BGSU Lively Arts Calendar, Sept. 6- 21

From BGSU OFFICE OF MARKETING & COMMUNICATIONS Sept. 6 – Tuesdays at the Gish kicks off with “Almost Famous” (2000), directed by Cameron Crowe. Set in the 1970s, this semi-autobiographical story based on the director’s experiences as a rock journalist for Rolling Stone continues to be a beloved coming-of-age and rock-n-roll film. The screening begins at 7:30 p.m. in the Gish Film Theater located in Hanna Hall. Free Sept. 7 – The Faculty Artist Series continues with Penny Thompson Kruse performing on violin presenting a recital on the theme of Farewell to Summer. The recital begins at 8 p.m. in Bryan Recital Hall of the Moore Musical Arts Center. Free Sept. 8 – The Visiting Writer Series welcomes American fiction writer Alissa Nutting, author of “Tampa” and the short story collection “Unclean Jobs for Women and Girls.” The reading will begin at 7:30 p.m. in Prout Chapel. Free Sept. 8 – BGSU’s International Film Series commences with “Fordson: Faith, Fasting and Football,” directed by Rashid Ghazi. The 2016 documentary follows a predominantly Arab-American high school football team from Dearborn, Mich., during the last 10 days of the Muslim holy month of Ramadan and unearths the story of a community desperately holding onto its Islamic faith while struggling to gain acceptance in post 9-11 America. The screening begins at 7:30 p.m. Free Sept. 10 – The Falcon Marching Band will perform during the BGSU vs North Dakota football game. Join in the festivities at 3 p.m. in the Doyt Perry Stadium. Tickets to the football game are available at bgsufalcons.com/buytickets or…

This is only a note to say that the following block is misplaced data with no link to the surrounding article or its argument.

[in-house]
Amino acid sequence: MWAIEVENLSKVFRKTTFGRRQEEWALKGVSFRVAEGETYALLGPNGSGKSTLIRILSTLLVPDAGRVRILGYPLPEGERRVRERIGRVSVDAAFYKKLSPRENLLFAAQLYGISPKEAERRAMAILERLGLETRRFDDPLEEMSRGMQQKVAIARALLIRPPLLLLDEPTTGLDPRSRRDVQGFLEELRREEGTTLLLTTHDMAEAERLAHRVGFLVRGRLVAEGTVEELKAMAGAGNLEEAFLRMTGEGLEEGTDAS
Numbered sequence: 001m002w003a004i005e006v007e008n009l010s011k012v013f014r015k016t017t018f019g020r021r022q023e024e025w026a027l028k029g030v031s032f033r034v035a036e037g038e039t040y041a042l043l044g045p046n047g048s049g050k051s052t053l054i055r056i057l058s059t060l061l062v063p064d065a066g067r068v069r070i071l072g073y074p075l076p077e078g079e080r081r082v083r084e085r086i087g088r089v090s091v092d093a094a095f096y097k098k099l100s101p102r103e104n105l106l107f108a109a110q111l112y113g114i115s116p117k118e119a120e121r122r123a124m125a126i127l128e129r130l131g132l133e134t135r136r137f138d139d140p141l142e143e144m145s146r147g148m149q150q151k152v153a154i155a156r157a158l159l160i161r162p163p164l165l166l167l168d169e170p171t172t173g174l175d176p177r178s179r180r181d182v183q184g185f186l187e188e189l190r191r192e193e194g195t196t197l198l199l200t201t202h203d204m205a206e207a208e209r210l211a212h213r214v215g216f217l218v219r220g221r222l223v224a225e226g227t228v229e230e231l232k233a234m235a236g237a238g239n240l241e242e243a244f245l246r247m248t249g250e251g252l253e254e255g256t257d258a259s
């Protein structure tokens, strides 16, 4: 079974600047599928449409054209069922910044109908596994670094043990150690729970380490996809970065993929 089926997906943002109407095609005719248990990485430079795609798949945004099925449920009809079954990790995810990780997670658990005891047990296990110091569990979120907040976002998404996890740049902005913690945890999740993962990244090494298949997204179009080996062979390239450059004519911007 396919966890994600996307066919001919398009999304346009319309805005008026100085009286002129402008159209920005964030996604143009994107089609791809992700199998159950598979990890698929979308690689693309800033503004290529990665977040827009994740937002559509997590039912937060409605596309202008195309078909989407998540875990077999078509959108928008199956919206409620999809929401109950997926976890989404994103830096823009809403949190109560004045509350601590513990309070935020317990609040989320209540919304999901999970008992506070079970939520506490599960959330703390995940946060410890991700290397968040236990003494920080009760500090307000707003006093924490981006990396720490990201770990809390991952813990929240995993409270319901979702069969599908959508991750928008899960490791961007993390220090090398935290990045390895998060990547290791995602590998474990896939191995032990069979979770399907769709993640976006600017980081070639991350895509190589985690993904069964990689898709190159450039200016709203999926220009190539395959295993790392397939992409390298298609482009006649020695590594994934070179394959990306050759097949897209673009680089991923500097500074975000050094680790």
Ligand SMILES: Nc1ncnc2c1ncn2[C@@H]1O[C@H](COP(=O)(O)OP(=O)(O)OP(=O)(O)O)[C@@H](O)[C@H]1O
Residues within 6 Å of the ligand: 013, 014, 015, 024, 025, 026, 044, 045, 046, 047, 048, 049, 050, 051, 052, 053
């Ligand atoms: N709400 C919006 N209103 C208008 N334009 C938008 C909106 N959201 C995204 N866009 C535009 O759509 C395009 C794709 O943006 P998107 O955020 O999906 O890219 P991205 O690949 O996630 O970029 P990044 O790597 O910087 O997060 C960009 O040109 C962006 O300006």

BGSU’s Jonathan Chambers honored for theatrical explorations

By DAVID DUPONT BG Independent News For Jonathan Chambers, theater is a venture into the unknown. “I’m interested in directing shows I don’t understand,” he said. “I see the creative endeavor of working on a show or writing an essay as the same. … It’s about my coming to a new understanding.” Chambers has taught at Bowling Green State University for 15 years, directing a show a year. They’ve ranged from “Quiet in the Land,” an intense drama about the Amish in World War I, to the giddy musical satire “Urinetown.” So when he started his most recent production “Middletown” in November, it was important for him to take the time to discuss the ideas embedded in the script with his young cast. Chambers doesn’t see a divide between the lecture hall and the stage. “I never found those two endeavors as separate,” he said in a recent interview. “I look for opportunities to spread that point of view to my students. … To me those two endeavors are more linked than separate. The idea of being a scholar artist is one I’ve tried to embrace in my career and, in turn, pass on to my students.” This mix of scholarship, teaching, and mentorship has been recognized by the American Theatre and Drama Society which has awarded Chambers its Betty Jean Jones Award. The award honors Chambers work over the span of a career. Chambers taught at St. Lawrence University in northern New York before coming to BGSU. He moved around when he was young as his father, a Church…